Two arrested in shooting of L.A. boy in Halloween garb

The suspects are reputed gang members who allegedly fired shots into the backyard of the 5-year-old's home


Robert Jablon
November 5, 2010 10:29PM (UTC)

Two reputed gang members were arrested in the Halloween killing of a 5-year-old boy who was shot in the head as he showed off his Spider-Man costume in his backyard, police said Friday.

Marcus Denson, 18, was arrested Thursday at a home near the killing site after a brief chase, Los Angeles police Capt. Dennis Kato said.

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Leonard Hall Jr., 21, was arrested at about 2 a.m. Friday at an apartment building several miles north of the site, Kato said.

The men, both reputed members of a local street gang, were booked on suspicion of murder and remained jailed Friday, he said. Their bail was set at $1 million each, according to the Los Angeles County Sheriff's Department.

"We knew, as a law enforcement agency, that eventually we were going to get these guys," Kato said. "The only thing that saddens me is we failed to protect him (the boy)."

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Aaron Shannon Jr. was flexing the muscles of his Spider-Man costume and posing for photographs in the backyard with his uncle, grandfather and cousin Sunday afternoon when he was shot, police and relatives have said.

Investigators believe Hall and Denson were in an alley behind the house when Hall pulled a handgun and fired several shots through a chain-link fence into the yard, Kato said.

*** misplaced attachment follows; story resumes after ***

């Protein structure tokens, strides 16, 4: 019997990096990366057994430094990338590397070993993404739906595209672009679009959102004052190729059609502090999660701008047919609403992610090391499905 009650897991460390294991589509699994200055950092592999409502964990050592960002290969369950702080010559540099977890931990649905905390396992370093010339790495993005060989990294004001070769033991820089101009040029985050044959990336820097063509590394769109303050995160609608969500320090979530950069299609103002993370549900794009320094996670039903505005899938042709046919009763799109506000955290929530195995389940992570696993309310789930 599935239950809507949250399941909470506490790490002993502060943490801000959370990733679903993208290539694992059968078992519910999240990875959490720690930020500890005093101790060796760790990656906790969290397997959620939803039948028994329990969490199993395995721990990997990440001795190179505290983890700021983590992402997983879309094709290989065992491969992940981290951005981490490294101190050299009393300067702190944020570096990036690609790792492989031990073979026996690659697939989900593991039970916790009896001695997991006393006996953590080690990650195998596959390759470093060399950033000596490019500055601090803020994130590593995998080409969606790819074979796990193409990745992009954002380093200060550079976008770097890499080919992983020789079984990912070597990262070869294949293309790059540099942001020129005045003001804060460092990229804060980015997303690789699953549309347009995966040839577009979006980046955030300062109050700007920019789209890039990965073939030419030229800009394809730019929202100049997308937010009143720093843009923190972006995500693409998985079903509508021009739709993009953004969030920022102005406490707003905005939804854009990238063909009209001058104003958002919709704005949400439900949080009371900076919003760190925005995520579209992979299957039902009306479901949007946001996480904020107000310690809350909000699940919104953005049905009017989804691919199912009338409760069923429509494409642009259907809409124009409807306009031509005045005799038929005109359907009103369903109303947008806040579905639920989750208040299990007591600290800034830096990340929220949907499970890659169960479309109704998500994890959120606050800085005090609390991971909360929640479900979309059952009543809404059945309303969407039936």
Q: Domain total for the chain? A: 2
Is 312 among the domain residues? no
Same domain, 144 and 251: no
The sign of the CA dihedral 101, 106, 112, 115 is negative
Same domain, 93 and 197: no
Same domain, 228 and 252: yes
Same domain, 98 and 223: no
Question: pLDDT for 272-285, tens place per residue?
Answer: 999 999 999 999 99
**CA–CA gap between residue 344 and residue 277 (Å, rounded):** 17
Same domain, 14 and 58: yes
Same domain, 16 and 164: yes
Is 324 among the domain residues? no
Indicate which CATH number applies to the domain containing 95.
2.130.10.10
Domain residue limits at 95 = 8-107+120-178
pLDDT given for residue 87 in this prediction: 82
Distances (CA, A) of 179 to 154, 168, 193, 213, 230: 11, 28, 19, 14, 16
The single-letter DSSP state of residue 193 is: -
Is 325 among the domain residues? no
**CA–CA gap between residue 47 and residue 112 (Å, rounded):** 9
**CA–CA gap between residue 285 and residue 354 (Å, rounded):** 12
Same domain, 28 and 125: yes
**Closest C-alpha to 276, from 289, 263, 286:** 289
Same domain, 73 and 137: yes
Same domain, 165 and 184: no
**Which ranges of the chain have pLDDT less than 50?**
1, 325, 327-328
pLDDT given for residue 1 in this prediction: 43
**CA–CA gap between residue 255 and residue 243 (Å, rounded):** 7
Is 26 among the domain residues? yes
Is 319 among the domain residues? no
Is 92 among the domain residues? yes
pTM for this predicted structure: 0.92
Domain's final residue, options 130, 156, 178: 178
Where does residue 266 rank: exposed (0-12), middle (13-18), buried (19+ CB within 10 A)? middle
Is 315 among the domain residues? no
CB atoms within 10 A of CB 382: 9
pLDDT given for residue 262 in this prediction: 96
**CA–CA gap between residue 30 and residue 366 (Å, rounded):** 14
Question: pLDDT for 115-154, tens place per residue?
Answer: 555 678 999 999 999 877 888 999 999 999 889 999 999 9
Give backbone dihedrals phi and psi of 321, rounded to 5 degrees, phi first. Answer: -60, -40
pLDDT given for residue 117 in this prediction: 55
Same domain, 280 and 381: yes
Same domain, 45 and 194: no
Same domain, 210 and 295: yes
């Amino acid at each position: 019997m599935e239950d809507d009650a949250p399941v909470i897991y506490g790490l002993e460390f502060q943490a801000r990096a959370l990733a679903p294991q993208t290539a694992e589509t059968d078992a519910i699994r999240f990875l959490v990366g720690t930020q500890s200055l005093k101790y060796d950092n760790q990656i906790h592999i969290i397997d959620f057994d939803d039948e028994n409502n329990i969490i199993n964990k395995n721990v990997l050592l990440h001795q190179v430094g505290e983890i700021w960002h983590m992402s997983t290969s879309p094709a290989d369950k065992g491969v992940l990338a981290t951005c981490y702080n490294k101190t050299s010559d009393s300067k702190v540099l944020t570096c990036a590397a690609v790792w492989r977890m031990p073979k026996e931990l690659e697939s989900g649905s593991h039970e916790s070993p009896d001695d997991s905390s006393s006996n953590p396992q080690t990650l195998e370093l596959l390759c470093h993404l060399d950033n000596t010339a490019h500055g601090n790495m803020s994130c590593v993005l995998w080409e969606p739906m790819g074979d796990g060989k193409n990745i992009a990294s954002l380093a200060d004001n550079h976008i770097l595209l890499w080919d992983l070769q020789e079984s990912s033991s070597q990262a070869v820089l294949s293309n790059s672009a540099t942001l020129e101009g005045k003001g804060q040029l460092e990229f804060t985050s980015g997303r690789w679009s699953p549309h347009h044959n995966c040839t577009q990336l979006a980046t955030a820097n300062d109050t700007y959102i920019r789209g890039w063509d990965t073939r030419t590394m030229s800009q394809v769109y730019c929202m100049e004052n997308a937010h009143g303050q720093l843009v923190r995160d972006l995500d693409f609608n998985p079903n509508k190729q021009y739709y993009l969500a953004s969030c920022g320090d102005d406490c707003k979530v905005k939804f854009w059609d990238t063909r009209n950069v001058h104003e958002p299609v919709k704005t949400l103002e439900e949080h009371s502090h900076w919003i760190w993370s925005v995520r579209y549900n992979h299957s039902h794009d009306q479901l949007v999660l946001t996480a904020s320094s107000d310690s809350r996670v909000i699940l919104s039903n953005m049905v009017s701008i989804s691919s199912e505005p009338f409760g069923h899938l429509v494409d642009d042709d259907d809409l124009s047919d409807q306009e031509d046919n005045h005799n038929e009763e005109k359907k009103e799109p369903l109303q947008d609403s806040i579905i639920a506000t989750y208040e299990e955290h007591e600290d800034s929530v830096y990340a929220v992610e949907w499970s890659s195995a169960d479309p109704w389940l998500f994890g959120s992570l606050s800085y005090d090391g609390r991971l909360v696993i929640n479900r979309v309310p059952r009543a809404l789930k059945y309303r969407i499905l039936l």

The boy, who was getting ready to go to a party, was shot in the back of the head and died at a hospital the next day.

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His uncle, Terrence Shannon, 27, was hit in the wrist, and his grandfather William Shannon, 56, was hit in the left leg. Neither of their injuries was considered serious.

The home is located in disputed gang territory and the attackers may have mistakenly believed that members of a rival gang lived there, police have said.

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Investigators from the LAPD, FBI and Sheriff's Department suspected gang involvement and were able to identify suspects based on witness tips spurred by a $75,000 reward. They also were aided by video recorded by a nearby business, Kato said.

The grainy tape showed two men running across the street after the shooting. It couldn't be enhanced enough to identify faces but it provided a general description of the suspects' clothing and hairstyles, Kato said.

The gun believed to be used in the attack was not found, he said.

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Robert Jablon

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